Preaching the Craft of Reading

When I was a young undergraduate, there was no shortage of professors who lamented the declining literacy of college students. A common refrain was that students were losing touch with the written word, were frequently neglecting to do their readings, and didn’t understand the fundamentals of how to read. Later, when I began teaching my own courses, I was aghast when I witnessed these same flaws in my own students. In my own undergraduate courses, just getting students to do the readings (any reading) was difficult, to say nothing of reading well.

The problem of declining literacy always seems to be framed as a contemporary one. However, my suspicion is that this is a common message repeated throughout the ages and that we periodically forget that there was never a time when instructors were happy with the quantity and quality of their students’ reading.

The question remains, however: How do we encourage our students to cultivate their own art of reading?

One suggestion is to learn more about our students, where they are in their reading evolution, and to craft messages that encourage them to keep growing as a reader.

When I first started teaching classes at a university and at a technical college, my assumption was that most of the students read at least a few newspaper articles a week. On a whim, I started discussing with students their reading habits during office hours and private sessions. I was surprised at what I discovered. Many students seemed strictly anti-reading. Many relied heavily on cable and talk radio for their news. Other students read habitually but were absorbed largely in a particular genre of interest (in some cases, Young Adult fiction; in other cases, science fiction or fantasy).

It’s important to remember that our time with our students is usually short, so if we want to make an impact on their reading habits, we should think clearly about what our message is and how to communicate it. Knowing where my students were in their reading evolution helped me think of strategies for helping them reach the next stage.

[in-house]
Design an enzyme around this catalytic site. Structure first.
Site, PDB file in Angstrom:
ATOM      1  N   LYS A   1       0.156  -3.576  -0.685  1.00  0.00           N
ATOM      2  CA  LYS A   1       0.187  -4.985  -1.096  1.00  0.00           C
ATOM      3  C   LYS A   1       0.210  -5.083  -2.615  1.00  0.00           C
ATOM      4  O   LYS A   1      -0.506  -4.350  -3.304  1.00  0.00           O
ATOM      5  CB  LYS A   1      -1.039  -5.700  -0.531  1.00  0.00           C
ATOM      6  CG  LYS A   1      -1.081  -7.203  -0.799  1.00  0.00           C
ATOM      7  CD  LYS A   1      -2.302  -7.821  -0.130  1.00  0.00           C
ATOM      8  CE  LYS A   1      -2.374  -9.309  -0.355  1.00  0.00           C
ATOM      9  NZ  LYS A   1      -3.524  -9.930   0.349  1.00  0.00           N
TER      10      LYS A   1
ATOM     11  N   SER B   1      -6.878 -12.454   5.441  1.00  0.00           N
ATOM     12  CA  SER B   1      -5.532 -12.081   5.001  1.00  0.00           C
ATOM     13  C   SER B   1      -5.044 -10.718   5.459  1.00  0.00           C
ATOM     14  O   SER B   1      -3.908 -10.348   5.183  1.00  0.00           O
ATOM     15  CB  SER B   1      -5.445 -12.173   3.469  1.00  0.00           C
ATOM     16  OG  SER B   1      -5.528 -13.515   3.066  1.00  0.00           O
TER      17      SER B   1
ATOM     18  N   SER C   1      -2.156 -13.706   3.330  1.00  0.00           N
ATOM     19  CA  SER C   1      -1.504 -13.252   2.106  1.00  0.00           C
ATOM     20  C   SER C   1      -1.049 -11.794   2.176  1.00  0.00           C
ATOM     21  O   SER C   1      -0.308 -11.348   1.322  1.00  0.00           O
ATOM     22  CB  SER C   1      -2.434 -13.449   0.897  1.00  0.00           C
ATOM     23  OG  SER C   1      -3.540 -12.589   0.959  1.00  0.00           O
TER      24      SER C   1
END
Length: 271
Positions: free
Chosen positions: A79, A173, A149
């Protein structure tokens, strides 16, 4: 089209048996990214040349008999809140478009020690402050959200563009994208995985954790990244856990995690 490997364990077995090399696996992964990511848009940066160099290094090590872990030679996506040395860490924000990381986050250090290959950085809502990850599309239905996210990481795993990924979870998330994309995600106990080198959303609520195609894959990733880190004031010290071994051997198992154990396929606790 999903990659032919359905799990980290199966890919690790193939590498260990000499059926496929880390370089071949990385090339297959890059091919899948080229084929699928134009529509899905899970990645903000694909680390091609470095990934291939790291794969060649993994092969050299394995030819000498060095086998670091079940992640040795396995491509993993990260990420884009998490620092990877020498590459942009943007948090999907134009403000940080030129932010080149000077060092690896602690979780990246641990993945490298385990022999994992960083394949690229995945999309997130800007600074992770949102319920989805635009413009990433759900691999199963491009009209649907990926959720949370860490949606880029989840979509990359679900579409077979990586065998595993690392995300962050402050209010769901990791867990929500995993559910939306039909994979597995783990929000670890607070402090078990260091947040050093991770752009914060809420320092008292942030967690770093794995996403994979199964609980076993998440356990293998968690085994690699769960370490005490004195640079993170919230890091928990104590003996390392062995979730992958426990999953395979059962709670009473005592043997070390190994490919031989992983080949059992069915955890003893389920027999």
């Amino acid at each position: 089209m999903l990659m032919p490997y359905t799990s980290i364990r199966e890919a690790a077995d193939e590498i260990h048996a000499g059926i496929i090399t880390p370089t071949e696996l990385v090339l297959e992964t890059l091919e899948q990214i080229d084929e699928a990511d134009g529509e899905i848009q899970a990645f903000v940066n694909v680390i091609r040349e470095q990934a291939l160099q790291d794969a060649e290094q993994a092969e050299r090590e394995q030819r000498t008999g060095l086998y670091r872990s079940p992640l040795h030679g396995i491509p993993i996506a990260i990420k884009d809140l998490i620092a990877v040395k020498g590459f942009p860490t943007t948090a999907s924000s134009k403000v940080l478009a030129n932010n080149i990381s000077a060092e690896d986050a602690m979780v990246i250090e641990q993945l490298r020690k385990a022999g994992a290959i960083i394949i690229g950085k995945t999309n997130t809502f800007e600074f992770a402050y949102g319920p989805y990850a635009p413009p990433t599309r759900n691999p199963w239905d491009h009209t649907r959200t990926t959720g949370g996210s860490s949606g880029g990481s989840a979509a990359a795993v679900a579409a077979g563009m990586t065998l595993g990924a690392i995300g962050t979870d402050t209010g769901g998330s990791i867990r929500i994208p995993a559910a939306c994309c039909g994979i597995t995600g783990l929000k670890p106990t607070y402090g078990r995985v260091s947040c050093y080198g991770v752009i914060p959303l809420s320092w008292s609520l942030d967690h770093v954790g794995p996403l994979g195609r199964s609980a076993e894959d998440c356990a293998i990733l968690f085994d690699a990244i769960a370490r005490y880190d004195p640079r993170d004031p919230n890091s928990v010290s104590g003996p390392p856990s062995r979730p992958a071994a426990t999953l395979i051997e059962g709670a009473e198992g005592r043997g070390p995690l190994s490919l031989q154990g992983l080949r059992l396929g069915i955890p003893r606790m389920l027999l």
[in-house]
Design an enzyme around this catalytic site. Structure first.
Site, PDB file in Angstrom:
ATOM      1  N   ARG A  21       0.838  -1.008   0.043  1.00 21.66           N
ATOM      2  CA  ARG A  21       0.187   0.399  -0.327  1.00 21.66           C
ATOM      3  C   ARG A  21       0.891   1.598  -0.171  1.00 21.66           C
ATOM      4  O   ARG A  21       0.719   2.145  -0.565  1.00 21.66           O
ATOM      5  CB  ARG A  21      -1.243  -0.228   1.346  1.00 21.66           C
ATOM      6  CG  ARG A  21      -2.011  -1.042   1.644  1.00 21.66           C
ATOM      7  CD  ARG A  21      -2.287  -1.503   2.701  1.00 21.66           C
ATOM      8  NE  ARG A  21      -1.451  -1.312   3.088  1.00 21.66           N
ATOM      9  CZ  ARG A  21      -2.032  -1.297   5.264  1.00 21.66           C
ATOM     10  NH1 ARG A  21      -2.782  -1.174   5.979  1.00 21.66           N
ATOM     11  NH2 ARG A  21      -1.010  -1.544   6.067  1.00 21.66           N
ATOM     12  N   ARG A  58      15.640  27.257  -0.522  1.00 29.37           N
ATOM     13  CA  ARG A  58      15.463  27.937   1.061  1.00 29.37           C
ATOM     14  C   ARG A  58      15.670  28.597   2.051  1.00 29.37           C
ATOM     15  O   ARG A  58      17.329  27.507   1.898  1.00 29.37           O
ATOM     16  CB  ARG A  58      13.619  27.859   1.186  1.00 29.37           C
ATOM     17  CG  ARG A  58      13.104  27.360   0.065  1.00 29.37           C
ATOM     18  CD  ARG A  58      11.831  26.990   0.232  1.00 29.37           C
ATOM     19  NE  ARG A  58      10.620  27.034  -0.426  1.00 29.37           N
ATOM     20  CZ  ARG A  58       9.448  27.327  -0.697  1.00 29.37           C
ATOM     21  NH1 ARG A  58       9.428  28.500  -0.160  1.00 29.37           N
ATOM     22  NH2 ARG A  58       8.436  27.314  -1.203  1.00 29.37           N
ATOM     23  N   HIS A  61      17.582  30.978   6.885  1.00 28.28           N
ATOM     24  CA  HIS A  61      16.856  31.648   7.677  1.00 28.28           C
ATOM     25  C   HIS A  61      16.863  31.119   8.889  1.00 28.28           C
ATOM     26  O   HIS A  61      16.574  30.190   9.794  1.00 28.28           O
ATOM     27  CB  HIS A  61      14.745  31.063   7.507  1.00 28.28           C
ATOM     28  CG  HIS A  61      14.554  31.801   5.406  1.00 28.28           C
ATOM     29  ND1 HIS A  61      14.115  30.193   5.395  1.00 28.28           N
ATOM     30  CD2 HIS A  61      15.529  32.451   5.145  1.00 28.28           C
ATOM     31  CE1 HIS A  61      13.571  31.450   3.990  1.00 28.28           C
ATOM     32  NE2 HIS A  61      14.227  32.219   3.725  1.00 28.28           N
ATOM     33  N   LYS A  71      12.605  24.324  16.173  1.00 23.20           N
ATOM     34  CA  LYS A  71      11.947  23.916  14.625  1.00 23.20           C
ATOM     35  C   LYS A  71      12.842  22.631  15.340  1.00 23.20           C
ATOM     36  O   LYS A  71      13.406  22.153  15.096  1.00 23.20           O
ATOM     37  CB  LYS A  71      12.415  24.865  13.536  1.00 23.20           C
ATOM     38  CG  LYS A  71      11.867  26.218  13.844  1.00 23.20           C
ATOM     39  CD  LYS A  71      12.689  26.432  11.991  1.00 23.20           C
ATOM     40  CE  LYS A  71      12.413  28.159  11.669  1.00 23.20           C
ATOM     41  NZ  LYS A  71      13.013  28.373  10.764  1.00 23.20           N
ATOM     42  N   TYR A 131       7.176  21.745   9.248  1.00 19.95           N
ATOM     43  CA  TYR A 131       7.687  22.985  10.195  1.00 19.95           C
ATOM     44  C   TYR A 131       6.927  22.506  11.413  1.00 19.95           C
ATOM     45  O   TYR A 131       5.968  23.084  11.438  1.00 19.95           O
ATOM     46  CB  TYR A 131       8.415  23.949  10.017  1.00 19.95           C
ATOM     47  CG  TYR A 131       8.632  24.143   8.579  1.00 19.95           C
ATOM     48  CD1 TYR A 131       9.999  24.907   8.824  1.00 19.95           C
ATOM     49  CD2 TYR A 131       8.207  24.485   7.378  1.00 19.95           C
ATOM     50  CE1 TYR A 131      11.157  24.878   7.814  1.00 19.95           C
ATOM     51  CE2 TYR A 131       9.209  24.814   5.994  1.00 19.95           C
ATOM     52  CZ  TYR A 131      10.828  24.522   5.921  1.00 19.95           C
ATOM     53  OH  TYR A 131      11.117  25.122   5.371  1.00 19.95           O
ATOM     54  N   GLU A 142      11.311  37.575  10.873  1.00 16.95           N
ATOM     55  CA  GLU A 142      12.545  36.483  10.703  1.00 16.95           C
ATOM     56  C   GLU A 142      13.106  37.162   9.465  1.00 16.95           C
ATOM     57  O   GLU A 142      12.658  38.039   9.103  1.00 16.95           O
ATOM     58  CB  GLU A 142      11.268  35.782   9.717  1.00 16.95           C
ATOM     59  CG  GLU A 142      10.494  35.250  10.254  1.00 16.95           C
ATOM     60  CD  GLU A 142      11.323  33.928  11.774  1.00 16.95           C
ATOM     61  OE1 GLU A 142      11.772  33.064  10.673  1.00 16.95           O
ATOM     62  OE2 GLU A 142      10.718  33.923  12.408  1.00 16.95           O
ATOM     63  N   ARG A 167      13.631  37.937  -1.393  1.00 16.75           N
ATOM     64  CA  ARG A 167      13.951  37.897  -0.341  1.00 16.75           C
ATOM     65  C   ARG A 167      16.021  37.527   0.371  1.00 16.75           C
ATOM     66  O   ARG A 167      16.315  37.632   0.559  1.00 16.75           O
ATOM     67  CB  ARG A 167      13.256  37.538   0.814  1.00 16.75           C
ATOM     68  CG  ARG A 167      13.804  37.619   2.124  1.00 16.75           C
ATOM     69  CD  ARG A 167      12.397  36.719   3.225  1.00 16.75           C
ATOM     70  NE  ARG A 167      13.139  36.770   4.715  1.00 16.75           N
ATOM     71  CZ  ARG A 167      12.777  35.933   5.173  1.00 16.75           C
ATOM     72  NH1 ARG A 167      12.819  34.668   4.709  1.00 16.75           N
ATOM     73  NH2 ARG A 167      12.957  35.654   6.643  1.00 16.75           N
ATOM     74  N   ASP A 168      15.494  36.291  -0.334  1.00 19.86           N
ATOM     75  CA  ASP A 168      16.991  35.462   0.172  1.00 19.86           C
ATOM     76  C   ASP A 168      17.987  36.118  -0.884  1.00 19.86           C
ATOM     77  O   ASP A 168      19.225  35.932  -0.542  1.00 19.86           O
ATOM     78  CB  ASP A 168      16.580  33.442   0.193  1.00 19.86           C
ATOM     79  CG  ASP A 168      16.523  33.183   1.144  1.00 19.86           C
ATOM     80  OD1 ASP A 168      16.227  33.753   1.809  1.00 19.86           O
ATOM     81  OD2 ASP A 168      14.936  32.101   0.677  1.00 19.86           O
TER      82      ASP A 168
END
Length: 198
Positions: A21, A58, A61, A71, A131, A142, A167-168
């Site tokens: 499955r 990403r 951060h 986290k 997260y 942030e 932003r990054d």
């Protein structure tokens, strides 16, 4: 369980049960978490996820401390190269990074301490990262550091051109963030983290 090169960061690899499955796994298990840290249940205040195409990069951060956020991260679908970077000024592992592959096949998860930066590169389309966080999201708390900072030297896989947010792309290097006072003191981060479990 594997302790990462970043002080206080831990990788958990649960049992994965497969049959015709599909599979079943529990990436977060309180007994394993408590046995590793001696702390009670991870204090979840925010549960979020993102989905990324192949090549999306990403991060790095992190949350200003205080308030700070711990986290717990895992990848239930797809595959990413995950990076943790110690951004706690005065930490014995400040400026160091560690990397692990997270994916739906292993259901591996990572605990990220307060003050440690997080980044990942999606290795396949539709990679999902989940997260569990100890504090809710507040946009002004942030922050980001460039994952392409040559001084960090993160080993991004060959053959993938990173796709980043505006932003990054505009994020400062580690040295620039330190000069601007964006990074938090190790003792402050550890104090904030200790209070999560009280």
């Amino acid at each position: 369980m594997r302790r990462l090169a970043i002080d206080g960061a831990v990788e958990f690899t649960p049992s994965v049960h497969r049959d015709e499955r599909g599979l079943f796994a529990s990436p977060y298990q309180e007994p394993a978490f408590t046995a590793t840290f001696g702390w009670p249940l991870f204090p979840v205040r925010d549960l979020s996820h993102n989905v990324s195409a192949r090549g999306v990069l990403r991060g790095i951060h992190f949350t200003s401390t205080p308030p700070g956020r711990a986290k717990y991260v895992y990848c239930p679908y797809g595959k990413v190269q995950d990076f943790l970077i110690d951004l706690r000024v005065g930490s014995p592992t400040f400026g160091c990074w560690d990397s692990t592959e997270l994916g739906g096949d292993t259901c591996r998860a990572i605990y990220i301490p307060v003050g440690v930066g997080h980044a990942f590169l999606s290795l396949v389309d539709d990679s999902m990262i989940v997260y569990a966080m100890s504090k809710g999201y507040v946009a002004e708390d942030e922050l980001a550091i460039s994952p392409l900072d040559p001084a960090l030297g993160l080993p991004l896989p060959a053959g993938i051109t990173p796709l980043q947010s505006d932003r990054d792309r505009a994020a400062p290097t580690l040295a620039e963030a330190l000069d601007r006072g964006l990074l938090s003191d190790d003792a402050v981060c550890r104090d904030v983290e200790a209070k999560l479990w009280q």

When I was an undergraduate, the best speech I ever received on reading was from an English professor. I remember clearly the final words of that speech, delivered on the final day of class: “What matters even more than what you read is how you read. If you’re not taking notes, writing in the margins, extending the ideas, challenging the ideas, and making them your own, then you’re really depriving yourself of the benefit of reading.”

This was a message by an English professor, delivered to English majors. It hit a lot of the right notes and encouraged me to take many of the habits developed in English class into the world. However, this message would most likely have failed in many of my own classes where many students weren’t reading at all.

A typical short speech in one of my classes often sounds like this:

Reading in not just a important skill, it is the important skill. It’s the skill that will make other skills easier to learn. It is the skill that will free your mind from dependence on the opinions of others. It is the skill that is most likely to lead to the kind of lifelong education that will increase your freedom and independence. For this reason, you should never miss an opportunity to improve your reading skills.

For your own student populations, you’ll have to craft your own messages and decide how to deliver them. This message could be as clear and as simple as encouraging them to read outside their comfort zone, to spend some time reading difficult texts to “work out” their reading muscles, or even to just turn off their TV, radios, and electronic devices and read something of substance.

A longer version of this post can be found here.

Further Reading on E-International Relations

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